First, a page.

The sign inside the front door reads: “English stops here.” Outside, a group of young students plays a lively game of rock-paper-scissors, entirely in Cherokee.
The speaking of Cherokee at the Atse Kituwah Academy isn’t a one-day activity or a monthlong study unit. It is all-encompassing. Atse Kituwah’s mission is to ensure that this generation is not the last to speak Cherokee. So from kindergarten through eighth grade, the students are immersed daily in the language and culture of their ancestors.
Like all North Carolina school-children, Atse Kituwah students conduct science experiments, work math problems, and recite the Pledge of Allegiance. The only difference is that they do so in Cherokee. Here, teacher Rainy Brake says, students “walk in both worlds.”
In 2004, Atse Kituwah started in one room. Today, it occupies the 42,000-square-foot location of a former resort in the Yellow Hill community of the Qualla Boundary, home of the Eastern Band of Cherokee Indians. In January, the academy celebrated its first accreditation by the Southern Association of Colleges and Schools.
An urgent experiment
Atse Kituwah students learn the story of Sequoyah, a silversmith who, in 1821, introduced to the Cherokee people his syllabary, a writing system in which symbols represent syllables. The syllabary made it possible to read and write what had been only a spoken language. Seven years later, the Cherokee Phoenix newspaper began publication. Soon, the Cherokee literacy rate surpassed that of neighboring European-Americans.
But from the late 19th century until the middle of the 20th, in boarding schools run by religious organizations and the federal government, speaking Cherokee was a punishable offense. Banning the language was a means to handle what government officials often called “the Indian problem,” by forcibly assimilating Native American children to the dominant Euro-American culture.
Unfortunately, their strategy was effective. There was a time when every member of the Eastern Band spoke the Cherokee language. Now, of the Eastern Band’s 14,000 members, 200 or fewer speak Cherokee as their first language, many of them older than 50.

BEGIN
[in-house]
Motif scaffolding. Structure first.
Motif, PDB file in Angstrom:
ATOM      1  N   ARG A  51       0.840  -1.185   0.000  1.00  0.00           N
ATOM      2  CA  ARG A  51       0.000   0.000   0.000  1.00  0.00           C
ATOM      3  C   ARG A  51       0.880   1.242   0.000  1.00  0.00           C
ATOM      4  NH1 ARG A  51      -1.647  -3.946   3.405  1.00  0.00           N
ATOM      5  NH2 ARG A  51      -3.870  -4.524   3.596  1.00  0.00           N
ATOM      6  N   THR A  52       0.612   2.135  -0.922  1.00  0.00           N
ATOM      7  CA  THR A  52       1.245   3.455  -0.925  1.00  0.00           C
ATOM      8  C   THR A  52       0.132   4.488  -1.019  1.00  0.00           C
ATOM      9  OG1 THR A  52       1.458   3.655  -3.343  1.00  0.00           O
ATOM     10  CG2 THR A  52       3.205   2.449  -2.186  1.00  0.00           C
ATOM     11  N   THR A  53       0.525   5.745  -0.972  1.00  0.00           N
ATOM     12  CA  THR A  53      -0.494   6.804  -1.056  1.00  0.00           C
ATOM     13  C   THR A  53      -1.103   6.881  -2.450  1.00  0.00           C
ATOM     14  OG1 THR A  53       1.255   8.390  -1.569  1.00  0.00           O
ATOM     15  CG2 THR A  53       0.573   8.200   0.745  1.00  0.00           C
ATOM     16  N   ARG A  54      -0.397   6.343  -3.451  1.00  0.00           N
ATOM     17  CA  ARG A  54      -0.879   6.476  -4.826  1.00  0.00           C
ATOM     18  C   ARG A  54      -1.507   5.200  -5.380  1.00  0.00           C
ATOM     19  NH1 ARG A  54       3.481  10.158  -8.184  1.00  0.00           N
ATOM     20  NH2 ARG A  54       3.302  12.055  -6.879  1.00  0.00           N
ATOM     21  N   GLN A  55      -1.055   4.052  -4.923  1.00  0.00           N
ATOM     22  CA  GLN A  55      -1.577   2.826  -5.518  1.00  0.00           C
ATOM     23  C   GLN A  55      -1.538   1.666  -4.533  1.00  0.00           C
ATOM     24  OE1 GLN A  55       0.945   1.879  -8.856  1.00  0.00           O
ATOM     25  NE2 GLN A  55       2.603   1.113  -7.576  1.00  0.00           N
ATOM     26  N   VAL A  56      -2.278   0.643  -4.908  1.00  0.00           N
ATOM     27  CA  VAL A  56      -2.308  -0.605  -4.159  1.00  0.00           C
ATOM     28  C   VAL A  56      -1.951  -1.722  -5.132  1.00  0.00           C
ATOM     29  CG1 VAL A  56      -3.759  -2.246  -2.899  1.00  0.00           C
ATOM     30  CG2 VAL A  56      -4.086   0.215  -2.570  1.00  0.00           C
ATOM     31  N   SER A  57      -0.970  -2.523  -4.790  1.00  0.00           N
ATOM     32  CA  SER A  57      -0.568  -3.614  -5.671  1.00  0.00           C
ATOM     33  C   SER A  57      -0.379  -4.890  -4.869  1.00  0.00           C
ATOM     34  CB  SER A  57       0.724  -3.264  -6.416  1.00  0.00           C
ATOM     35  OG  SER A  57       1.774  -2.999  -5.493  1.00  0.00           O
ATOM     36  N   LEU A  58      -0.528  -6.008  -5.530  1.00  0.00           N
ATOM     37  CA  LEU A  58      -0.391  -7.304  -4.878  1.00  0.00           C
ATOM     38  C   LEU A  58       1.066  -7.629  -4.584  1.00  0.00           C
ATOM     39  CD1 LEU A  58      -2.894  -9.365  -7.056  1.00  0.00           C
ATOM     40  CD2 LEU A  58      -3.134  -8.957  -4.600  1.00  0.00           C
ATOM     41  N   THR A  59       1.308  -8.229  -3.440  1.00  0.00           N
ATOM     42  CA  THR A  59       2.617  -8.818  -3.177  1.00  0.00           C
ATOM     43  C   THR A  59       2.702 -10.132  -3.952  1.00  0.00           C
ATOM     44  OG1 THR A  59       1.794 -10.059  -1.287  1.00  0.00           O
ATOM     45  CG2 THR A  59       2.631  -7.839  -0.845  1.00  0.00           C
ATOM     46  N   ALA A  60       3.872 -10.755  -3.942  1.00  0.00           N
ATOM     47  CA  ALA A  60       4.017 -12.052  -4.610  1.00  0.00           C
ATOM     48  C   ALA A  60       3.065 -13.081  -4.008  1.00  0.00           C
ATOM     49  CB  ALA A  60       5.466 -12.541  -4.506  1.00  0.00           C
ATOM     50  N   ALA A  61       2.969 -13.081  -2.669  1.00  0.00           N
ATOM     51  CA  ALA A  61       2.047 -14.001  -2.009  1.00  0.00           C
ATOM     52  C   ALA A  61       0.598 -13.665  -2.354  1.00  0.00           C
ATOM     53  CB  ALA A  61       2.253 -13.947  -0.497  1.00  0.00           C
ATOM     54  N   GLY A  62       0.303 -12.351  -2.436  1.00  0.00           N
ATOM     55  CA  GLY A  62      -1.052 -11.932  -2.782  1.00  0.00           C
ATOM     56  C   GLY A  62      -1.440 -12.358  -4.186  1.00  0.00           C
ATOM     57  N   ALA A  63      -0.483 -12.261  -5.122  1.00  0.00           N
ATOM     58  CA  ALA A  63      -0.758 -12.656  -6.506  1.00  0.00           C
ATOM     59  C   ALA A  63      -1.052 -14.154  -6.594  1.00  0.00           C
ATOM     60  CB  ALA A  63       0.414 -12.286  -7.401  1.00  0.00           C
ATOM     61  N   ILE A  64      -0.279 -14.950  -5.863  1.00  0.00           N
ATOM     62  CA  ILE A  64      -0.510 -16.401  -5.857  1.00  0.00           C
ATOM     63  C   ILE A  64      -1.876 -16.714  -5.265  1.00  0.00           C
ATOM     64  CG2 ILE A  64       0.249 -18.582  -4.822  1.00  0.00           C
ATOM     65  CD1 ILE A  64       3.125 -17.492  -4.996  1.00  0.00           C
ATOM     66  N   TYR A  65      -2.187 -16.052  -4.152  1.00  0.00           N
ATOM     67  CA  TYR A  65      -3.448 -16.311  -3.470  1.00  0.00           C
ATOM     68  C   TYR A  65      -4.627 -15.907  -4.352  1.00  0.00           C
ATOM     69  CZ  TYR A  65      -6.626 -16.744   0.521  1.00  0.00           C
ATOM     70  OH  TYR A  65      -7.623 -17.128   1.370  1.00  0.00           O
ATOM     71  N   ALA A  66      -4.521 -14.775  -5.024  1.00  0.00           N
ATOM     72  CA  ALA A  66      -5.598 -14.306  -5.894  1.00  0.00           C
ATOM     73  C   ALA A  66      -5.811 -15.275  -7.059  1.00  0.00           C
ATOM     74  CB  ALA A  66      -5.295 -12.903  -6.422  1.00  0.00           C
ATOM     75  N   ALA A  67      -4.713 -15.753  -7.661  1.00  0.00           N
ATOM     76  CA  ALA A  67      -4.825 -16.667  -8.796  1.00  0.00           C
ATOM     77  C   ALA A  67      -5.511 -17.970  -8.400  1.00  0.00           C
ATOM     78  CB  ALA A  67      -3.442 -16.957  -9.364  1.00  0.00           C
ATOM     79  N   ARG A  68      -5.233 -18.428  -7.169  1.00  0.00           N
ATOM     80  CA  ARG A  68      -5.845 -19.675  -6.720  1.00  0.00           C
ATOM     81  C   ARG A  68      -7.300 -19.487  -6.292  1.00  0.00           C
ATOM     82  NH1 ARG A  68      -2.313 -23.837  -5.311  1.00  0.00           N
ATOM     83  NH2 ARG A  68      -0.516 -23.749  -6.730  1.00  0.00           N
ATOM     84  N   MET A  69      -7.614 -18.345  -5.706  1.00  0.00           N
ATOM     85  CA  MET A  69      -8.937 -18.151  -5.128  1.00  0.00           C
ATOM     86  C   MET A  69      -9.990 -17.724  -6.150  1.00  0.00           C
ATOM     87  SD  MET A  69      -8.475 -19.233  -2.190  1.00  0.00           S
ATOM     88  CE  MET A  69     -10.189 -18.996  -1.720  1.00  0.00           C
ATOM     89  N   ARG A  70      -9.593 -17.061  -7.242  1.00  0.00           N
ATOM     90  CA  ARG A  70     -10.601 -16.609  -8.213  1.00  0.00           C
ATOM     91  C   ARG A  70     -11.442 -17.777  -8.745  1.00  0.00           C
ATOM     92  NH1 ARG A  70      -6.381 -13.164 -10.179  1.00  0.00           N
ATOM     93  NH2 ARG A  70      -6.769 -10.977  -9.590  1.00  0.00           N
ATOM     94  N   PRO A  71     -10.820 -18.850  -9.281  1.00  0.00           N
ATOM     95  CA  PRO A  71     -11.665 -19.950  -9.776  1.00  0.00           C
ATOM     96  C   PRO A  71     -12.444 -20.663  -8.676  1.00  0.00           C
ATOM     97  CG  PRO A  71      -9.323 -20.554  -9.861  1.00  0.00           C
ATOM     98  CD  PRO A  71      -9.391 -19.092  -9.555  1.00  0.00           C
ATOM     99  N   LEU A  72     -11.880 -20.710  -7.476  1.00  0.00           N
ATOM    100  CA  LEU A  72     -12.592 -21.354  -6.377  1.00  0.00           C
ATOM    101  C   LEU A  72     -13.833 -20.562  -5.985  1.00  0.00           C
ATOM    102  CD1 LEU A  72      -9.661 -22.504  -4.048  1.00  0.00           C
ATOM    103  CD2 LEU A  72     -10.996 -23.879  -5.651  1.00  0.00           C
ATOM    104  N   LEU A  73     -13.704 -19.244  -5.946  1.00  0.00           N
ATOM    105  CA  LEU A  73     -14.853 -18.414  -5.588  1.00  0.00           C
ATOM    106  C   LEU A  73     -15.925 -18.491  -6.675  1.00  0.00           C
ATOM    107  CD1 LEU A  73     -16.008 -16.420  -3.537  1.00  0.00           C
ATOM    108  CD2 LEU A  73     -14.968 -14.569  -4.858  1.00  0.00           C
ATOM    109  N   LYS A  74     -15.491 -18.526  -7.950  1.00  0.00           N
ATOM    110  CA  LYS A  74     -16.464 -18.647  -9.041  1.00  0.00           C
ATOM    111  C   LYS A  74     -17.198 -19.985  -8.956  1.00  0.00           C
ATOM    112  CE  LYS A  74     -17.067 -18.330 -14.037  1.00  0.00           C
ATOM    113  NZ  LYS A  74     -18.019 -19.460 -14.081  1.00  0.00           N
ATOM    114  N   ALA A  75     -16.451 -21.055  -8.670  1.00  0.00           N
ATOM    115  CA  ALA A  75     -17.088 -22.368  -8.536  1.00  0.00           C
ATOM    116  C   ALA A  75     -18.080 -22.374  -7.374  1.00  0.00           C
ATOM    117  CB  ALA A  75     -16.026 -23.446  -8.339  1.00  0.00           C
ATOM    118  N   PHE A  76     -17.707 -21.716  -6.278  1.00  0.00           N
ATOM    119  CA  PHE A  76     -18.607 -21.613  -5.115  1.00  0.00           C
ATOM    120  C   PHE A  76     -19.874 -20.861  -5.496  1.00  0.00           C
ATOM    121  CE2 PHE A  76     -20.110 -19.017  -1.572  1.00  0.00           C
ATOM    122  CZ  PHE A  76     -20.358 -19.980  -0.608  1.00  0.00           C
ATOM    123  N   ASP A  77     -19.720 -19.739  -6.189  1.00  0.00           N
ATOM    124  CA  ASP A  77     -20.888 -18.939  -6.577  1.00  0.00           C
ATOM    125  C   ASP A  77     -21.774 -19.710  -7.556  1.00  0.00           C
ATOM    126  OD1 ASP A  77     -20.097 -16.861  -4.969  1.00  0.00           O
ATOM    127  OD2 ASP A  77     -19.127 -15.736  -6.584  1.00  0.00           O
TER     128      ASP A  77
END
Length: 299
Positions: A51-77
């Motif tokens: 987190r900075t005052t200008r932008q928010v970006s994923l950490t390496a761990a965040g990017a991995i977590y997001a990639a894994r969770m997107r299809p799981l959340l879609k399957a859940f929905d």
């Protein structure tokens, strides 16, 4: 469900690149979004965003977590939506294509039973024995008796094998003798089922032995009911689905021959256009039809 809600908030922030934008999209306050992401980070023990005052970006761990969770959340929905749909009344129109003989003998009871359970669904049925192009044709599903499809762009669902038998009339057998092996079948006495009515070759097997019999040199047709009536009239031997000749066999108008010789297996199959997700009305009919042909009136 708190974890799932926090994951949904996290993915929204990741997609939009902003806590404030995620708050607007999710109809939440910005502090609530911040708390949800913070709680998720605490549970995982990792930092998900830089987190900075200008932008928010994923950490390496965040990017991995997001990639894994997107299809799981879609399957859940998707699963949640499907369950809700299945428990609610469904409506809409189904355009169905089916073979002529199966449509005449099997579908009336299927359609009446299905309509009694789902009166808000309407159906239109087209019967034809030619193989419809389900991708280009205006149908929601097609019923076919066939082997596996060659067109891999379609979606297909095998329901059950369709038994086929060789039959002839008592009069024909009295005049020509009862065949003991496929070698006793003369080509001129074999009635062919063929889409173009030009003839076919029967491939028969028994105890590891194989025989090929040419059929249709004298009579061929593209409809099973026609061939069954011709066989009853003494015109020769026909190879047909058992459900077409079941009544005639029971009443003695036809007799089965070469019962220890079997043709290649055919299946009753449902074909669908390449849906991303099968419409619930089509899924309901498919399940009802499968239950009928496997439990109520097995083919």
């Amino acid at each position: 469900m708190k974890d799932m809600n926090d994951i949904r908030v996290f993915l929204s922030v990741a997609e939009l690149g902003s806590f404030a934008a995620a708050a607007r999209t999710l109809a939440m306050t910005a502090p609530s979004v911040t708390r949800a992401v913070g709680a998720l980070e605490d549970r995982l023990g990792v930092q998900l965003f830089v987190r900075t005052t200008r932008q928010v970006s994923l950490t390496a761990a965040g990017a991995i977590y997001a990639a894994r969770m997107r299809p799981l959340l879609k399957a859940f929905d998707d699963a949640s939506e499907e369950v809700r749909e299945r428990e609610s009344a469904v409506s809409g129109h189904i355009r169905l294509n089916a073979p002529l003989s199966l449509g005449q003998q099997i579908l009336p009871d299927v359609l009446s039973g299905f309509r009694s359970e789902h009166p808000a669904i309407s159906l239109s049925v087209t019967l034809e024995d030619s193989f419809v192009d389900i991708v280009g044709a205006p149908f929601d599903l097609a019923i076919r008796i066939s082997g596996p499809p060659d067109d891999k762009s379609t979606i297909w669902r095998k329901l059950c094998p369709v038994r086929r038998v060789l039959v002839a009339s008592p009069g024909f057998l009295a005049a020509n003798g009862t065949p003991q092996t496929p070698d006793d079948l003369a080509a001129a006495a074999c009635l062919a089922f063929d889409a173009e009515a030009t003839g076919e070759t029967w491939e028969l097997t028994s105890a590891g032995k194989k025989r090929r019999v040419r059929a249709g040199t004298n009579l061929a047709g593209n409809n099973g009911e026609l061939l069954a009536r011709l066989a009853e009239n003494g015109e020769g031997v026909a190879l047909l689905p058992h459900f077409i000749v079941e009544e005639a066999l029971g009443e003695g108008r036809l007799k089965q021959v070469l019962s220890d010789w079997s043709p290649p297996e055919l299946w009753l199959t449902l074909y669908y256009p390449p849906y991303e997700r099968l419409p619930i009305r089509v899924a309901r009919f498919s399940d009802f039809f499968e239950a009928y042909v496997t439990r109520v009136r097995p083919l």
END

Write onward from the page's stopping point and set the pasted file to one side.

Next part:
“Cherokee is a severely endangered language,” says Hartwell Francis, director of the Cherokee Language Program at Western Carolina University. “If the Atse Kituwah experiment doesn’t work, there won’t be any Cherokee speakers in the next 20 years. This would go from revitalization project to salvage project.”
In First Language — The Race to Save Cherokee, a 2014 documentary produced by the North Carolina Language and Life Project, WCU Cherokee Language Program Coordinator Thomas Belt explains, “This is what is so critical and so important to our identity and our future as a people, to continue on making the same sound that was given to us by the Creator, our language.”
Syllabary meets Smart Board
Cherokee may be an ancient language, but the way it’s being taught in North Carolina is about as modern as it gets. “Every student has access to an iPad and a laptop,” Principal Kylie Crowe Shuler says. “There are Smart Boards in every classroom. The children record themselves reading Cherokee at home.”
Technology hasn’t replaced books and posters, which are made in the school’s curriculum department, illustrated by local artists, and printed locally.
Faculty members admit that teaching Cherokee is difficult. It’s a language without cognates, meaning that no words have recognizable roots from any well-known tongue. One Cherokee word may function as a noun, an adverb, or an adjective, depending on how it’s pronounced. But students are more than willing to put forth extra effort. As one proud Atse Kituwah student says, “A lot of people think it’s just a language. But if you’re Cherokee, it’s your home.”
Duyugodvi is a Cherokee expression that Atse Kituwah faculty use to describe one of the cornerstones of the school. It’s a powerful word, they say, one that can’t be accurately translated. But its essence, “the right path,” is present every day in these North Carolina classrooms.
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